I have recently been challenged about the environmental credentials most cryogenic blasters claim to have.
After all, how can we claim to be carbon neutral when we use carbon dioxide as our blast media?
Well, there is an easy answer to the question; we only use recycled Co2.
Co2 is produced from many forms of the manufacturing industries. These companies will capture this Co2 rather than release it into the atmosphere. I would like to say that this is due to some sustainability/social responsibility programme, but in reality it isn’t. They capture Co2 because they can sell it.
The Co2 is purchased by a select few companies, whilst still in gas form, and then turned into liquid Co2. It is the liquid Co2 that is used in a myriad of industries and applications (including dry ice blasting).
‘But we are still putting Co2 into the atmosphere’ is the next question I nearly always hear. Technically yes. But the Co2 we use was already there. It existed before we recycled it and now we have put it to a secondary use.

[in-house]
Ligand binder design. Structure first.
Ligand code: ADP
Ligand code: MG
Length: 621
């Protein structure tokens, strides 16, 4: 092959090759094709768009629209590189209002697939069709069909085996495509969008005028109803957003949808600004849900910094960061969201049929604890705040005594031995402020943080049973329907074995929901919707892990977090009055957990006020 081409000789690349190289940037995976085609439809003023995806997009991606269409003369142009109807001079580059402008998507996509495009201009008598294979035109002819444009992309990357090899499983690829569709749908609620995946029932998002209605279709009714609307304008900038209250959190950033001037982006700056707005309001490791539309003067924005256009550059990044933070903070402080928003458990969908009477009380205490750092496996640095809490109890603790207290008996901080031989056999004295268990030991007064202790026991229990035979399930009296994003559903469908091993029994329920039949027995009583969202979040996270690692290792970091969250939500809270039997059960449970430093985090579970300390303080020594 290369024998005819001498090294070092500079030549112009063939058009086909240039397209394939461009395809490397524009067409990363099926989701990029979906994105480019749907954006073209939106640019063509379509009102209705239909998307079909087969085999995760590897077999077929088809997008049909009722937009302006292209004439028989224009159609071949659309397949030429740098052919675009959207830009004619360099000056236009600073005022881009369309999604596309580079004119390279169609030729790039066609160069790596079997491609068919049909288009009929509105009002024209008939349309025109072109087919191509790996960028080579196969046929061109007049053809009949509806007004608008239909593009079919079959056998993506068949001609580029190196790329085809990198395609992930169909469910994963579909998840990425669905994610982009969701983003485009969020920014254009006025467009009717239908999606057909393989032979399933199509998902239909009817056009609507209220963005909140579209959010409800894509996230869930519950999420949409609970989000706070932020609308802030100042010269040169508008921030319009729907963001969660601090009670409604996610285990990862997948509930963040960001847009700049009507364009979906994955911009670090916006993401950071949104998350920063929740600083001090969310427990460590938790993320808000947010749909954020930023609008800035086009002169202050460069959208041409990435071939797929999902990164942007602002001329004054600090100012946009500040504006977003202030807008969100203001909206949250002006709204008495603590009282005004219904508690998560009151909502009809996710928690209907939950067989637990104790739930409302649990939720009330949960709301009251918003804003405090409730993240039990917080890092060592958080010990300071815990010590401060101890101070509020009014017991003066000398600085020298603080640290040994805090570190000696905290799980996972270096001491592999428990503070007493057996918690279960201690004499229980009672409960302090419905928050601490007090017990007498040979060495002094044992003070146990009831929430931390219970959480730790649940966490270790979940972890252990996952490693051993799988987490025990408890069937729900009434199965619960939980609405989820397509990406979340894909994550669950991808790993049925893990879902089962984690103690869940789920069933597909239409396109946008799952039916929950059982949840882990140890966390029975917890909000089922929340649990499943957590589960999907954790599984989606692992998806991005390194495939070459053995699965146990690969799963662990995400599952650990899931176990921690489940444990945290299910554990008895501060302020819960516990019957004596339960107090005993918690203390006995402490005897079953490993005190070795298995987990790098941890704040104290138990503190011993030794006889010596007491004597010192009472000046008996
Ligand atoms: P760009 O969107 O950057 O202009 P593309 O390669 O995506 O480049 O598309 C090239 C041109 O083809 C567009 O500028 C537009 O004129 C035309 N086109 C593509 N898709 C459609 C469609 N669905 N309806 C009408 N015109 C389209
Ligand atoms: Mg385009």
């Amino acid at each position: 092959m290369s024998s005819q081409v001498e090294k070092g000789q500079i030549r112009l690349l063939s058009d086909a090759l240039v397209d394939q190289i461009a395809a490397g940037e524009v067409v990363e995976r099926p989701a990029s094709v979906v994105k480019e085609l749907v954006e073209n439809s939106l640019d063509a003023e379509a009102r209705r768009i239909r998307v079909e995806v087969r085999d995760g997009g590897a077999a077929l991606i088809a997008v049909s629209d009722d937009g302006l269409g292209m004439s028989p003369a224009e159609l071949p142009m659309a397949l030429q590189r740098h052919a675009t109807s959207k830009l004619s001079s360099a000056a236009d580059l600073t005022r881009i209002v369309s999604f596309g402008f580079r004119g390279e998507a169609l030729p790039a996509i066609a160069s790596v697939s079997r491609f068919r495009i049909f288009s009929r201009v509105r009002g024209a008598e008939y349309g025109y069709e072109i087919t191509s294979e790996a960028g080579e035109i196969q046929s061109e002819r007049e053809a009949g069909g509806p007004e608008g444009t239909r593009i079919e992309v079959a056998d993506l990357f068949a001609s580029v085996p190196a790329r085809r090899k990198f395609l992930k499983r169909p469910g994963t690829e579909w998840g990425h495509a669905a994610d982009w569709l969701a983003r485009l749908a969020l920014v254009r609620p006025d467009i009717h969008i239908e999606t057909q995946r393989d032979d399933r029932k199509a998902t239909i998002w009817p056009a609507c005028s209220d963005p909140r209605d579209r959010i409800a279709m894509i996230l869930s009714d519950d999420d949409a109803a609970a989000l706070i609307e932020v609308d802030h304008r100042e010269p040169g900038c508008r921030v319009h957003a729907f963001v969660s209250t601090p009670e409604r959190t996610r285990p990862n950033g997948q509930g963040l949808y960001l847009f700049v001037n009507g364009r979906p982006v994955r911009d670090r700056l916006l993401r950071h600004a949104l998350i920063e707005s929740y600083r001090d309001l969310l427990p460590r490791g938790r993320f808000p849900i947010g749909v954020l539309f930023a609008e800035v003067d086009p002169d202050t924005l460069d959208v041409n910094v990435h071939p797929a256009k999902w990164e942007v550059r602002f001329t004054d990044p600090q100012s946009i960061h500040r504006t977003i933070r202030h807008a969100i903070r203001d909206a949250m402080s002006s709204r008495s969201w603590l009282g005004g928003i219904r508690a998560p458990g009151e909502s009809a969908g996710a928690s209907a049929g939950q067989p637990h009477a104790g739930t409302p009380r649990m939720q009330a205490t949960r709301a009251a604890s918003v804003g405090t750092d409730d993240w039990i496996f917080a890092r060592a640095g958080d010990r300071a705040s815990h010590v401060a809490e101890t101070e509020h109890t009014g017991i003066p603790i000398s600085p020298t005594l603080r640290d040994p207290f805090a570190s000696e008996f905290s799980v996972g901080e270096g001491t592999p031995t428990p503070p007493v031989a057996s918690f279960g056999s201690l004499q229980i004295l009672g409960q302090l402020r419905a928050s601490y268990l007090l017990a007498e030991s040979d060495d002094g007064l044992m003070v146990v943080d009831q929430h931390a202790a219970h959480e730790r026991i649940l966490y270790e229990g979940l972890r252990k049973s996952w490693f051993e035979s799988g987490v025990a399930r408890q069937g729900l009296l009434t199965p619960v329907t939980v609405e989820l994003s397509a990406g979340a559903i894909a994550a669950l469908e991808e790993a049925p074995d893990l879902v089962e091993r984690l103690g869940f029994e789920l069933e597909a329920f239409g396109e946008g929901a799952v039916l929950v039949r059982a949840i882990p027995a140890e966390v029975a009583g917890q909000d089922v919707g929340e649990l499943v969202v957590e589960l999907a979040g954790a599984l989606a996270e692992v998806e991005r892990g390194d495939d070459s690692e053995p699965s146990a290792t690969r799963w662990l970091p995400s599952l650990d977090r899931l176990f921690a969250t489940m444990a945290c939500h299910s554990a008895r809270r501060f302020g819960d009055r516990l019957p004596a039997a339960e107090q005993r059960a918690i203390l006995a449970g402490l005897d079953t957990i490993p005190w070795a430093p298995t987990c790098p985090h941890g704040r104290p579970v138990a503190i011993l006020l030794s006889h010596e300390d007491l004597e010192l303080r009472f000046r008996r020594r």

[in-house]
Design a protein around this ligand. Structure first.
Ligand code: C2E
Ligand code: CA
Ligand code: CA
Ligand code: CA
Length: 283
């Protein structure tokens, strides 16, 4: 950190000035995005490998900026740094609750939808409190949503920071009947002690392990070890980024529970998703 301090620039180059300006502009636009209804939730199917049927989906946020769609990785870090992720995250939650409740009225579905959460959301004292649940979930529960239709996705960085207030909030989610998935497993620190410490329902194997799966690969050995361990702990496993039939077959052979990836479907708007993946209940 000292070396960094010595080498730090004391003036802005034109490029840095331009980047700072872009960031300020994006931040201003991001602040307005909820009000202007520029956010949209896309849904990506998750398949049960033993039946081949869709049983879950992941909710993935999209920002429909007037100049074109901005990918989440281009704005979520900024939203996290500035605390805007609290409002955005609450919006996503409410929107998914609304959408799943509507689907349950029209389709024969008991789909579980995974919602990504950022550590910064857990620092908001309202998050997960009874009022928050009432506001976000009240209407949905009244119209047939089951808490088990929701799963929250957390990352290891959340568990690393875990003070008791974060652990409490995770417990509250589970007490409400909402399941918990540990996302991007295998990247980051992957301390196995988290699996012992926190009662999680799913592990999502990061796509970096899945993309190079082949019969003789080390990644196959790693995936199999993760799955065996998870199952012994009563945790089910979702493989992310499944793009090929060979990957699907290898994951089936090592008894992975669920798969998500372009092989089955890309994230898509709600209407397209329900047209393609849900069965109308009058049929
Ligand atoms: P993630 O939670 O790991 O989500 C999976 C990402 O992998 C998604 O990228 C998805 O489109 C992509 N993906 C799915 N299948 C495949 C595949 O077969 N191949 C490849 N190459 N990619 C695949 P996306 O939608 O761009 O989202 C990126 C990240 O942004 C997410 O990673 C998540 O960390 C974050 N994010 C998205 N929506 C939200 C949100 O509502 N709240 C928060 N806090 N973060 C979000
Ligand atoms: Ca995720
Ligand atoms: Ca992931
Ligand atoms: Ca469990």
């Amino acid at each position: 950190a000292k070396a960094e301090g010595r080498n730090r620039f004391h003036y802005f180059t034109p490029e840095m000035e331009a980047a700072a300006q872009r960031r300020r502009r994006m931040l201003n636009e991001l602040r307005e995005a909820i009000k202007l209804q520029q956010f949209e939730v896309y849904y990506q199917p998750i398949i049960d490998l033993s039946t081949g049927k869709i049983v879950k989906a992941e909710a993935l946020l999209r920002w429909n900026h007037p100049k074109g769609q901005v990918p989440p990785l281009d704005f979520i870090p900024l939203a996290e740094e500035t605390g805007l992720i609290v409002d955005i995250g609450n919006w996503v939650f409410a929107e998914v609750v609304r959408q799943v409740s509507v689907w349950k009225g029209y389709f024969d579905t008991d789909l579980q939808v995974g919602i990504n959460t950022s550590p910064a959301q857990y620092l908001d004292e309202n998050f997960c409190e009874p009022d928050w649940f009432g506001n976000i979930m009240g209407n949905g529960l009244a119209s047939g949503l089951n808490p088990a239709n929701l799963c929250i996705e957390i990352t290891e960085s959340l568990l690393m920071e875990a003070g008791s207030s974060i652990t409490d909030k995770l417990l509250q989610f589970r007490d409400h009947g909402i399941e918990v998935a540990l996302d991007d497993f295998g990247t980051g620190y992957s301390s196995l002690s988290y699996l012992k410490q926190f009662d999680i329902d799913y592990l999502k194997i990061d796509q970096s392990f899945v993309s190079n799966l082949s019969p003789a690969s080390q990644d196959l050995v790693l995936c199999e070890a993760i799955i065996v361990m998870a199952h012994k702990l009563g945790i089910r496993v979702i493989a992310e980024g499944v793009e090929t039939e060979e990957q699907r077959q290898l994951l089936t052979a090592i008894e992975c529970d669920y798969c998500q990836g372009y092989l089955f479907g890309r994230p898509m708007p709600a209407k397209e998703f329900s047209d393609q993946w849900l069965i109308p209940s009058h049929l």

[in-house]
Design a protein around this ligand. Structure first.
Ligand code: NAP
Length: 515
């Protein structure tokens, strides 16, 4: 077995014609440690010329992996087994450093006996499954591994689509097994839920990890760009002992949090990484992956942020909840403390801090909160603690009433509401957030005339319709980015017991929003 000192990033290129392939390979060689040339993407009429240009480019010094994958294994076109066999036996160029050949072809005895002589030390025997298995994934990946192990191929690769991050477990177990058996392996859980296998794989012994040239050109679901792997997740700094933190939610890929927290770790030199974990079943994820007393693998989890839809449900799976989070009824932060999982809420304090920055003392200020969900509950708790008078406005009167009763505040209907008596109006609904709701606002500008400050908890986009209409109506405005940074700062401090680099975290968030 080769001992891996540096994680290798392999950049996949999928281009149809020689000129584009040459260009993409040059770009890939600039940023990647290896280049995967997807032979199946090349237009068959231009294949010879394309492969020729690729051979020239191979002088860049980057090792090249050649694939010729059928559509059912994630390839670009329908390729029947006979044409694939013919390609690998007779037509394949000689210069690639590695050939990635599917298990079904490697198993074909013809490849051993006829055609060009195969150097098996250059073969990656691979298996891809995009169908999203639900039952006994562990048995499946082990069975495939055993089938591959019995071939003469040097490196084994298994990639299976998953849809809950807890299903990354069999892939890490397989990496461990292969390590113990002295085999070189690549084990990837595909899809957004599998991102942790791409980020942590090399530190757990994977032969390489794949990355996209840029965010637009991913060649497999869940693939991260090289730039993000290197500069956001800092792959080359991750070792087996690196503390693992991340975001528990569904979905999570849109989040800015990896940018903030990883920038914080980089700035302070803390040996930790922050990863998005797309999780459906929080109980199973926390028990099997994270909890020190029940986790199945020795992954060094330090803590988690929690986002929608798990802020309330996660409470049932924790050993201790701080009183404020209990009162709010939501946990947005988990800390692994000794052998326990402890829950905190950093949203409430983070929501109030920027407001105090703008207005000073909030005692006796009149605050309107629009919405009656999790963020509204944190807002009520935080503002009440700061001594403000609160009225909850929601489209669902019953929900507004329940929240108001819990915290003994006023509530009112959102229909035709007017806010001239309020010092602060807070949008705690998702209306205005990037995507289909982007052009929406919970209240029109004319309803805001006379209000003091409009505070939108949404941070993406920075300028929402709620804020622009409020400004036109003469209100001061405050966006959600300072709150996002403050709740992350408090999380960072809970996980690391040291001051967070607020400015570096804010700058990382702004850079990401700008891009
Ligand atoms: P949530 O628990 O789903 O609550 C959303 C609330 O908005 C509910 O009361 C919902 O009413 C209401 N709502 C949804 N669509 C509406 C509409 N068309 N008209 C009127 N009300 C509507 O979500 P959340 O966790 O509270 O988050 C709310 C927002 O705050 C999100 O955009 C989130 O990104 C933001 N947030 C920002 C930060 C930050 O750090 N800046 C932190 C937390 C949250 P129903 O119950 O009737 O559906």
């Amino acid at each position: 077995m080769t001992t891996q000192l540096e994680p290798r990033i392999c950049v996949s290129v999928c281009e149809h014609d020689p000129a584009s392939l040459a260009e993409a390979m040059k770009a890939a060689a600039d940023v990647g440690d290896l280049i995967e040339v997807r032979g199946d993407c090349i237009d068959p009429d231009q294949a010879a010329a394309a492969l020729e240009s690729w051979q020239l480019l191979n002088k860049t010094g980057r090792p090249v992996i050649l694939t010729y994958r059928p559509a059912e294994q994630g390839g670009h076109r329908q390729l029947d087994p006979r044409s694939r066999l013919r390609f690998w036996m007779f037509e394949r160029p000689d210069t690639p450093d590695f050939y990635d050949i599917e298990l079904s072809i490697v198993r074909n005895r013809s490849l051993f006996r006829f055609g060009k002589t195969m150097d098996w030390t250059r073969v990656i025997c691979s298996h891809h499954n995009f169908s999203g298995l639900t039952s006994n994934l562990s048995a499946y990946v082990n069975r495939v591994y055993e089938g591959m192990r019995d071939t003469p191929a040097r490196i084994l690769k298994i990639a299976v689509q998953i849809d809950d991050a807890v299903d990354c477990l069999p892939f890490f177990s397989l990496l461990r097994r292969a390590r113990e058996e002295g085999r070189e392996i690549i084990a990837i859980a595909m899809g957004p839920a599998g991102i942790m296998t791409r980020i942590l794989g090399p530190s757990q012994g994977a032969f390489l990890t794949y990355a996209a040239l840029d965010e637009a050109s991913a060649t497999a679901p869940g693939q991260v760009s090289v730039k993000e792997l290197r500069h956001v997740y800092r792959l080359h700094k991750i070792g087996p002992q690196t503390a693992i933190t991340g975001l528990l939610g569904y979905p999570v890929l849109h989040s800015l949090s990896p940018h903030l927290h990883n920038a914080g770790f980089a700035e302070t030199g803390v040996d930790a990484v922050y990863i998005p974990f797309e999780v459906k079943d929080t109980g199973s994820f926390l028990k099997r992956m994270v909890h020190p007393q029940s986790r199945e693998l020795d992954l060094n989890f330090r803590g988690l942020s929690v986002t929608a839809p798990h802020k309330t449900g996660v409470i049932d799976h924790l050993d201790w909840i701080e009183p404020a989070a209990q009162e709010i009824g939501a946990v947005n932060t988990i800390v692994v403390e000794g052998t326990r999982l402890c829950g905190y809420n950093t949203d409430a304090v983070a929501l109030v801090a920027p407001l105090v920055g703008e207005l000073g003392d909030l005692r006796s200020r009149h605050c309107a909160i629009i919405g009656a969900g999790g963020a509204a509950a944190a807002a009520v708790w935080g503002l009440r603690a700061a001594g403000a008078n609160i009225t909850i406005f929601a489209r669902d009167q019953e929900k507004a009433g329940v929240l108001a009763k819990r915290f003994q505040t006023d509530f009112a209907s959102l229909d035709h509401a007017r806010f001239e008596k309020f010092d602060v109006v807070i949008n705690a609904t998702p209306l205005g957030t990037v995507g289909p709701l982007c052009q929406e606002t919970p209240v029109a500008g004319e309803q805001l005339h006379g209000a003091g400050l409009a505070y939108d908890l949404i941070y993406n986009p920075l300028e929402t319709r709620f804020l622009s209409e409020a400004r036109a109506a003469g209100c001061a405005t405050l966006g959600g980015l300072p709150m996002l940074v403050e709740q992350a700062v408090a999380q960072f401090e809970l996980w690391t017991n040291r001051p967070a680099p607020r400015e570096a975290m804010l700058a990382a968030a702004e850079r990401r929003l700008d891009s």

And by putting it to a secondary use, we will have replaced a technique or method which would have a carbon footprint.
Are you still with me? Here’s an example: Optimum recently de greased a commercial kitchen operation which had, for years, been using a range of chemicals, cloths, brushes etc to perform the same operation as dry ice blasting.
The amount of plastic containers used alone, would amount to a massive Co2 footprint let alone the manufacture of the chemicals inside them. And the cloths that capture the chemical and grease are all disposed of (along with the plastic containers) and are the replaced on a daily basis, using up landfill or energy to incinerate.
Dry ice blasting did the same job, if not better and faster, with no chemical and no waste stream and therefore having made no new Co2 in the process.
Ok, we can’t ‘float’ to work and we use electricity, and so the claims could be challenged on these grounds. But like I’ve said in previous blogs/posts, it’s the action of cryogenic blasting that is Co2 neutral and definitely compared to what it replaces.
By Ian Reynolds